Quebec provincial police (SQ) have identified the adult victim of a fishing incident that claimed five lives over the weekend, most of them children.
Keven Girard, 37, was among a group of 11 people swept up by the tide late Friday night while fishing along the shore in Portneuf-sur-Mer, a village about 550 kilometres northeast of Montreal.
Four children, all above age 10, also died. The six other people in the fishing party were rescued.
Police declined to name the children, but Girard’s aunt by marriage, Vivian Lavoie, said his sons Patrick and Jerome Girard were among the victims.
“Everyone is gutted,” Lavoie said in French on Sunday from the village of Les Bergeronnes, which was also Girard’s hometown.
“Everyone knows each other here. It’s tight here. Everyone is affected, because we know them all.”
The young victims’ bodies were discovered unresponsive on the river bank Saturday morning, with their deaths confirmed a few hours later.
Girard was pulled from the water later that day following an exhaustive search involving SQ divers and members of the Canadian Forces.
Police on ATVs, boats and a Canadian Coast Guard helicopter also took part in the operation.
An SQ investigation is underway.
“It’s terrible what happened,” said Kateri Champagne Jourdain, minister responsible for the Côte-Nord region, at a press conference concerning the forest fires near Sept-Îles on Sunday morning.
“We have made sure that psychosocial resources are available for people in this region,” she added, inviting citizens who feel the need to contact 811.
Keven Girard, 37, died along with four children during a fishing incident in Portneuf-sur-Mer, Quebec. (Keven Girard/Facebook)
COMMUNITY IN GRIEF
Following police announcements, a wave of social media posts expressed grief, sympathy and heartfelt affection for the victims and their loved ones.
Samuel Brassard, Girard’s cousin, left a post on his relative’s Facebook page late Saturday night with the image of a burning candle underneath.
“You were like a brother to me,” he wrote in French, and recalled their last get-together the week before, shortly after the burial of their grandmother.
“We had started saying our goodbyes to our loved ones and wondering who will be next. Had I known that a few days after it was you and your little men that I had to say goodbye, I would have made sure the party never ended. You left too soon, I’ll never forget you, I love you!”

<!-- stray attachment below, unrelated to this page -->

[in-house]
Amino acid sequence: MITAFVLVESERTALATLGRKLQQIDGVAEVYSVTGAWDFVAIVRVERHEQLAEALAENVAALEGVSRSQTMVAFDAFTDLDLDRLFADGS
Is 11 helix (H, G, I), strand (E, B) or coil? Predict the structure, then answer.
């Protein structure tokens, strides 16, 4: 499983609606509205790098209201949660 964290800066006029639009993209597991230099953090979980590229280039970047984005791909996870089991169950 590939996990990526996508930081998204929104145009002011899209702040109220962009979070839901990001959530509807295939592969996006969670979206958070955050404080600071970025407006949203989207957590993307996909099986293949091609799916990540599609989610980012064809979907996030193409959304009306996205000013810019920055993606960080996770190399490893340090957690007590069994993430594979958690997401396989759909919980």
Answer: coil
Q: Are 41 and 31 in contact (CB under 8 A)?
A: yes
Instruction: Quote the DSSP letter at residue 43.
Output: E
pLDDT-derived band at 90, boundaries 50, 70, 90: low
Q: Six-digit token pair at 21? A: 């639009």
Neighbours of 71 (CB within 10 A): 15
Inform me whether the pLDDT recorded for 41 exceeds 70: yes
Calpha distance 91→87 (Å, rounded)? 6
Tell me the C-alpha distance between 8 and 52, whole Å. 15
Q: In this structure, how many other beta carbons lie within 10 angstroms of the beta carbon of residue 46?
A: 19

Officials from Portneuf-sur-Mer, a community of about 600 people that sits 60 kilometres northeast of Girard’s hometown, also shared condolences on the town’s Facebook page.
“The municipality of Portneuf-sur-Mer and all the citizens unite in the same spirit to wish the bereaved families and their friends good luck! Our deepest condolences and thoughts are with you,” the post read.
SUPPORT WORKERS DISPATCHED TO SCHOOLS
The four young victims attended three schools within the CSS (school service centre) de l’Estuaire, which oversees schools in part of Quebec’s Côte-Nord region.
A spokesperson for the CSS said support services will be offered to classmates and friends.
“As soon as we were informed of the sad events on Saturday morning, we mobilized to organize psychosocial support for the victims’ loved ones,” CSS spokesperson Patricia Lavoie told CTV News in an email.
“We’re in small communities, and beyond the families directly affected, a tragedy like this has a huge impact on a wide range of young people, as well as staff members at many of the establishments in our territory.”
Lavoie said about 15 support workers will be spread across the affected schools on Monday to help students in need.
“We are also in constant contact with the healthcare network in case additional resources need to be deployed to cover all needs.”
(Municipalité de Portneuf-sur-Mer)
FISHING ON FOOT
Provincial police said Saturday that the victims were fishing for capelin, a forage species that often swarm riverbanks late at night.
The sandbank where the victims stood is accessed by all-terrain vehicles. They were caught on a peninsula where parts can be submerged by up to four metres of water when the tide rises.
The Quebec Lifesaving Society says it will work closely with the coroner and provide safety recommendations once the investigation is complete.
Its executive director Raynald Hawkins says this season is proving to be particularly deadly in Quebec, referencing the two firefighters who were swept away by floodwaters in May and the eight migrants pulled from waters in Akwesasne in March.
-With files from The Canadian Press and CTV News Montreal’s Keila DePape